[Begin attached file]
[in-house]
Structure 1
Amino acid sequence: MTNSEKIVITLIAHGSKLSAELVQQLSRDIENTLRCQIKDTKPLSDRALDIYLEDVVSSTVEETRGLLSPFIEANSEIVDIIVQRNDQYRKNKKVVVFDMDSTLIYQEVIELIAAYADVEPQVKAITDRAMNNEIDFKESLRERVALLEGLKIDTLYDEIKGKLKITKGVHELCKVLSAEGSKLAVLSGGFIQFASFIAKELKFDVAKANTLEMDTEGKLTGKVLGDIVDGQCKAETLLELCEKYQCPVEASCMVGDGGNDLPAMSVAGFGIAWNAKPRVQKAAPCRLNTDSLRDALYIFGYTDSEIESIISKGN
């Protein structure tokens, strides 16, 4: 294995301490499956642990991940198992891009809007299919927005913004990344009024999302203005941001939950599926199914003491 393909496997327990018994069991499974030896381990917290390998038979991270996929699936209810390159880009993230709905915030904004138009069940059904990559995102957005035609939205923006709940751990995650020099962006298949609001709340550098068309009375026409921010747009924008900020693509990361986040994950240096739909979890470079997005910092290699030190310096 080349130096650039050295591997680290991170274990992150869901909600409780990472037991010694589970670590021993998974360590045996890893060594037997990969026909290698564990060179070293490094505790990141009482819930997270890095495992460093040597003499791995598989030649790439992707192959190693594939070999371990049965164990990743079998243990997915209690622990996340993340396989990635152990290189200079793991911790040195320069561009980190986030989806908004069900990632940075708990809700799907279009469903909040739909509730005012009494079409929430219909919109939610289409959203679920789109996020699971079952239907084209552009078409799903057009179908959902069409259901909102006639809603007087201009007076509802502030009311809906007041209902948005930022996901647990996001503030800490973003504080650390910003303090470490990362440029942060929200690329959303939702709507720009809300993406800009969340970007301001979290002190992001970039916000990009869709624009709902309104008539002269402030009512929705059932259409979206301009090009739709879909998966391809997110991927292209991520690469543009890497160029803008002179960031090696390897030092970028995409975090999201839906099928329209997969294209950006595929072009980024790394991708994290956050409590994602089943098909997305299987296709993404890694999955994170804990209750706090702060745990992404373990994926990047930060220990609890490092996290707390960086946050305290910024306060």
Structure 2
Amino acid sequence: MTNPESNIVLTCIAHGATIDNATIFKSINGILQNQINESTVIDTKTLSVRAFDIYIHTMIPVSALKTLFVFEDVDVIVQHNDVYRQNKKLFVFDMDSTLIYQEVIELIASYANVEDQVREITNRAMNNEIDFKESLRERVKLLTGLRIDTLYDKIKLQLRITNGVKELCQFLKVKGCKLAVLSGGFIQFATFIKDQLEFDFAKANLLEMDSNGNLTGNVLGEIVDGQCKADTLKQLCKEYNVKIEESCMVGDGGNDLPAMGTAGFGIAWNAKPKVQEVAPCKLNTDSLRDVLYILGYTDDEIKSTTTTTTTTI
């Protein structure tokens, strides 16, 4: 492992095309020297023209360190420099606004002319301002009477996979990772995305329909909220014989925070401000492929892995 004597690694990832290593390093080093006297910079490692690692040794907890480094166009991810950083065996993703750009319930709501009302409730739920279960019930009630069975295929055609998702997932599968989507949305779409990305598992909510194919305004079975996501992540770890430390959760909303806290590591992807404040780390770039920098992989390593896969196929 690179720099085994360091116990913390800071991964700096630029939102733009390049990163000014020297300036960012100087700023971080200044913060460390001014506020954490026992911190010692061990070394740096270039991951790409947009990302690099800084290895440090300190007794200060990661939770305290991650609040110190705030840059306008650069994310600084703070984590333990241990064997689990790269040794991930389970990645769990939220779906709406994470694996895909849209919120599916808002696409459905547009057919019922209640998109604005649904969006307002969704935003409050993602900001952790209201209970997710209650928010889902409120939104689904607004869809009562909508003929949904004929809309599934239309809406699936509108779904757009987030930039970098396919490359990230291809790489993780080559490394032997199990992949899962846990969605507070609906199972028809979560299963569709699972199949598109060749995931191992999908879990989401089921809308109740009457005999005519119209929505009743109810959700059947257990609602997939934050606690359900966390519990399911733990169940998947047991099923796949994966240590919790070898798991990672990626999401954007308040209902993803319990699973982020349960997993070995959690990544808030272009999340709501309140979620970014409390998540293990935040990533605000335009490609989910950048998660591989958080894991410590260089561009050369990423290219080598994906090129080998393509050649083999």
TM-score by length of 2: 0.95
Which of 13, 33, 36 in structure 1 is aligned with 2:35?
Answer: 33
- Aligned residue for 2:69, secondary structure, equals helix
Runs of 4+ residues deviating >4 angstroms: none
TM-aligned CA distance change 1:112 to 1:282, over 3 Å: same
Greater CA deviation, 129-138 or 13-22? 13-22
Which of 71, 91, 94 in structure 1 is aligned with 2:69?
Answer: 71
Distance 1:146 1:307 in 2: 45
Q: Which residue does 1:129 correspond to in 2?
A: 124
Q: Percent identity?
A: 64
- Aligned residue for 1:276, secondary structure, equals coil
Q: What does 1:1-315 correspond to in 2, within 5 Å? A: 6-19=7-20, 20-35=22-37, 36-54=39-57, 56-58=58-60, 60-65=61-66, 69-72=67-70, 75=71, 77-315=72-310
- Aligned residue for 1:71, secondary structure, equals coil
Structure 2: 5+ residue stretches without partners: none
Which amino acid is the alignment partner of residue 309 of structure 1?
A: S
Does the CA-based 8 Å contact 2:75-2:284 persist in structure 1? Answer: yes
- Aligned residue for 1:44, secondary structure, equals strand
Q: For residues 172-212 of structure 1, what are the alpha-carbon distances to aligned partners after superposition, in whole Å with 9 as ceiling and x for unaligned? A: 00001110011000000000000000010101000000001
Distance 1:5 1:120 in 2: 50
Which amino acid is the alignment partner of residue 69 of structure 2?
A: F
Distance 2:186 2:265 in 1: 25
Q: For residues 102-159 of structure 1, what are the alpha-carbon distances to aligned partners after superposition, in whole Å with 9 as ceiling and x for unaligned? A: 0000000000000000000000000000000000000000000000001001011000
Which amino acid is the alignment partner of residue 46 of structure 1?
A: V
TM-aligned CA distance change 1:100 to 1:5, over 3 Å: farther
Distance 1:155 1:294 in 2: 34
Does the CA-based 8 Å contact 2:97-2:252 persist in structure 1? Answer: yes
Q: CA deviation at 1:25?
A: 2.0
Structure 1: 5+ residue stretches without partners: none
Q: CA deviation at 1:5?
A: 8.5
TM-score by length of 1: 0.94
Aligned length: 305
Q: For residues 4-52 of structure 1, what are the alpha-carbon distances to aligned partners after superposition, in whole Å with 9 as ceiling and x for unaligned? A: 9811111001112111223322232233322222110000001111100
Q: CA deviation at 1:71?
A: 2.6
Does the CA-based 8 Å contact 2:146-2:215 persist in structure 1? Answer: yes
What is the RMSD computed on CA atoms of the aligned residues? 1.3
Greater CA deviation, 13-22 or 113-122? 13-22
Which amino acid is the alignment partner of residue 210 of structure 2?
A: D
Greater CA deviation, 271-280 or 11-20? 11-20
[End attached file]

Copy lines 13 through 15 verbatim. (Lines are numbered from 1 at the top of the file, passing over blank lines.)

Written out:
TM-aligned CA distance change 1:112 to 1:282, over 3 Å: same
Greater CA deviation, 129-138 or 13-22? 13-22
Which of 71, 91, 94 in structure 1 is aligned with 2:69?